a) To replicate the established association between early puberty and smoking; b) to see whether differences between early and late maturers narrowed with increasing age and differed by gender; and c) to determine whether other health behaviors (food choice, physical activity, sedentary behavior) and stress showed the same association with pubertal timing.
The Health and Behaviour in Teenagers Study (HABITS) followed a cohort of 5863 adolescents from ages 11 to 12 years (UK year 7; US grade 6) for 5 years. Puberty was assessed with the Pubertal Development Scale. Three pubertal timing groups were created by identifying adolescents who reached midpuberty relatively early, average, or late, compared with their peers. Longitudinal trends in health behaviors and stress were compared between the three groups.
Smoking rates were higher throughout adolescence among early-maturing students, with no evidence that late-maturers “caught up” when they reached puberty, although group differences narrowed over time. Early-maturing students had higher rates of sedentary behaviors but also reported higher rates of vigorous activity than their “on-time” developing counterparts. Patterns in dietary behaviors and stress showed lower rates of daily breakfast and higher stress among early-maturing girls, but not boys. Overall, the effects were largest in early adolescence (ages 11–13 years) and became smaller at older ages (ages 14–16 years).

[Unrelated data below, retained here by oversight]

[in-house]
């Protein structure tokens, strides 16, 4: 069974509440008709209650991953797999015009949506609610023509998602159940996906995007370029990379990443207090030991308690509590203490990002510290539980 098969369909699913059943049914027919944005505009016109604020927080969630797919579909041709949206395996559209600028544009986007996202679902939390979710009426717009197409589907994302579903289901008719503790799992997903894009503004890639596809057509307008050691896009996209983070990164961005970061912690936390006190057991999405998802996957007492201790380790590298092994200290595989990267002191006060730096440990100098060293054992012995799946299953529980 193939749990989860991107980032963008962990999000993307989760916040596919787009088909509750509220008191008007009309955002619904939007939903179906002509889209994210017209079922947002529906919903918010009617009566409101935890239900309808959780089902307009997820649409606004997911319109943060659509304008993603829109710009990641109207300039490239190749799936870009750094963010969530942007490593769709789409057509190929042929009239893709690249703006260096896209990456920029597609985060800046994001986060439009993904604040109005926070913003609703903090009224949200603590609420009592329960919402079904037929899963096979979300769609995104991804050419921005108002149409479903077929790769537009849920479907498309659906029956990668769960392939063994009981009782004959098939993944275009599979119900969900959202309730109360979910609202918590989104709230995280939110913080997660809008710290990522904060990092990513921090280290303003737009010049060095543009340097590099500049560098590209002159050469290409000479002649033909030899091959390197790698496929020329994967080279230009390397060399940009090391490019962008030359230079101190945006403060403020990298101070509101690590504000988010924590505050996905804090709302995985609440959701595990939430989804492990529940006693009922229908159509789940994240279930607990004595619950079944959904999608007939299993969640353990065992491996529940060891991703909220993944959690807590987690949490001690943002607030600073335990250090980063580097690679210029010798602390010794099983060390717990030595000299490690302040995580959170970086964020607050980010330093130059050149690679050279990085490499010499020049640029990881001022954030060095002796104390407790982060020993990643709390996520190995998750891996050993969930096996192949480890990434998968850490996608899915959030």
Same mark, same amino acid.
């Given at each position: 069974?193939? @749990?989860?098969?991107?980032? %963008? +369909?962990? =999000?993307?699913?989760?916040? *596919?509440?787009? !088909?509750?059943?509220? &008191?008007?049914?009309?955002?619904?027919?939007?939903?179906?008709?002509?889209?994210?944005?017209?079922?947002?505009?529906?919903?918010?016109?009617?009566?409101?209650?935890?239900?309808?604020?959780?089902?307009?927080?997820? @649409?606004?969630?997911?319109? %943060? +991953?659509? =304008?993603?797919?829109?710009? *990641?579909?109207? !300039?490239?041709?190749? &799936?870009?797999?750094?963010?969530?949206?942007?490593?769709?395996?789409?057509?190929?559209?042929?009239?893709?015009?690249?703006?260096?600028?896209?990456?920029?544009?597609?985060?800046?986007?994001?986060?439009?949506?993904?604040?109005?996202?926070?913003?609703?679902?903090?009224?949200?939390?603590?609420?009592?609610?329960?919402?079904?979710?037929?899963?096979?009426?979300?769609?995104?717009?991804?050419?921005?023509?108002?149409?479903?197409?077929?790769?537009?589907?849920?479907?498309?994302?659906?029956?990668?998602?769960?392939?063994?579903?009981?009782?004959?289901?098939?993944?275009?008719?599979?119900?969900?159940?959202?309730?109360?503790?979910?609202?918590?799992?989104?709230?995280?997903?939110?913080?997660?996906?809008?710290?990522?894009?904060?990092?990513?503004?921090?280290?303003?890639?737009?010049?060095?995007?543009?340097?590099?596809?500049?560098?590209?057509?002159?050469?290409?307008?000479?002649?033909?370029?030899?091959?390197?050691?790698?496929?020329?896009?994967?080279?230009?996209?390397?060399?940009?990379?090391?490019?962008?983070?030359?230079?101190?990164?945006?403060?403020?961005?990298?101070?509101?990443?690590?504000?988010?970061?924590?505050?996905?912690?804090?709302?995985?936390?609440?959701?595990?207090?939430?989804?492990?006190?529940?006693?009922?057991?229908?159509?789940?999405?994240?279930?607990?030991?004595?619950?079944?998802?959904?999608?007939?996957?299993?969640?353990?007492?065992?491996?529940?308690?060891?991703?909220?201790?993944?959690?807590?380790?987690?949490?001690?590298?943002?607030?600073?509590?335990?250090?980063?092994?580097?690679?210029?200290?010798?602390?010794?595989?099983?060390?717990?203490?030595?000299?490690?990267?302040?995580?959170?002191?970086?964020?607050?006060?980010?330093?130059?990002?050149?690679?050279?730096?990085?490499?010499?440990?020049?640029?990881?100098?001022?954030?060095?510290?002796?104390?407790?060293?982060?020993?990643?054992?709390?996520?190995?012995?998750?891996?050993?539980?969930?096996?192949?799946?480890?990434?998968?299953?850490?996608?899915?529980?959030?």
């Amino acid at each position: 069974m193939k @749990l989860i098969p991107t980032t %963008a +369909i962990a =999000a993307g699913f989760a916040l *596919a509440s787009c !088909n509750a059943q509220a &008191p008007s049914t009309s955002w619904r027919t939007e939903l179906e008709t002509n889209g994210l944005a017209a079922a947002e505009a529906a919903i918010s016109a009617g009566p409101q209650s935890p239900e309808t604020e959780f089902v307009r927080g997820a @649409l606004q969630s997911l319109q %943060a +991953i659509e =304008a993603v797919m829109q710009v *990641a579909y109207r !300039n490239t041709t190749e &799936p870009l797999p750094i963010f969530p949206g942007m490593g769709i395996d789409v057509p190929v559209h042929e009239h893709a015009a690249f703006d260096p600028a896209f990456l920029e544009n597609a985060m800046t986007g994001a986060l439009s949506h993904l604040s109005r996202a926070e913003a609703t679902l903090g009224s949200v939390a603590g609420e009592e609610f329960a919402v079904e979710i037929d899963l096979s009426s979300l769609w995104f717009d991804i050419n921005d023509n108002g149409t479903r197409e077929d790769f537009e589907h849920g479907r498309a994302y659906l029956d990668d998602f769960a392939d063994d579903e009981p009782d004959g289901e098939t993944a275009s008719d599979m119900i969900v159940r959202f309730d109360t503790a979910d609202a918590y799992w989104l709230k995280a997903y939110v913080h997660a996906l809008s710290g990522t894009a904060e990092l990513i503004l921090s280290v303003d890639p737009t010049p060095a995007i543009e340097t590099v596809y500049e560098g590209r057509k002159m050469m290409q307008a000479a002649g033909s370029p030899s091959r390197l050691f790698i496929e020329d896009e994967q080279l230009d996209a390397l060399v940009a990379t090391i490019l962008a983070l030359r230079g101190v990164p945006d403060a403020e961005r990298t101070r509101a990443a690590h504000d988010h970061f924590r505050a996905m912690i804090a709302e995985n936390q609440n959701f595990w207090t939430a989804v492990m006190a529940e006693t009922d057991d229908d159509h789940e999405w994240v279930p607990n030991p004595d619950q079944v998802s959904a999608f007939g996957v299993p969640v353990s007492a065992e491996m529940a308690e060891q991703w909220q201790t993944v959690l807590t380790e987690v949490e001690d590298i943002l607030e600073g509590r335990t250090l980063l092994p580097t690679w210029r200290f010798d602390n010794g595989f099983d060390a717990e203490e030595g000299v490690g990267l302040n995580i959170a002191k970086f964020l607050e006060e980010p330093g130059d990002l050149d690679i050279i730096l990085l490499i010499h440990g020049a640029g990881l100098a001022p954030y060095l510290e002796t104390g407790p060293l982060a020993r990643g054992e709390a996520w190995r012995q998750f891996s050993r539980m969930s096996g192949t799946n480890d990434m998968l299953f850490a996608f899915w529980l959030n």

Early-maturing adolescents are at increased risk for unhealthy behaviors, especially smoking, and although differences attenuate during adolescence, they remain significant at age 16 years. This suggests that early maturation may be a cause of, or is at least a marker for, differences in lifestyle.
HABITS = Health and Behaviour in Teenagers Study; OR = odds ratio; CI = confidence interval.
From the Cancer Research UK Health Behaviour Unit, Department of Epidemiology and Public Health, University College London, London, UK.
Address correspondence and reprint requests to Cornelia van Jaarsveld, Cancer Research UK Health Behaviour Unit, Department of Epidemiology and Public Health, University College London, Gower Street, London WC1E 6BT, UK. E-mail: email@example.com
This research was supported by Cancer Research UK.
Received for publication September 26, 2006; revision received June 20, 2007.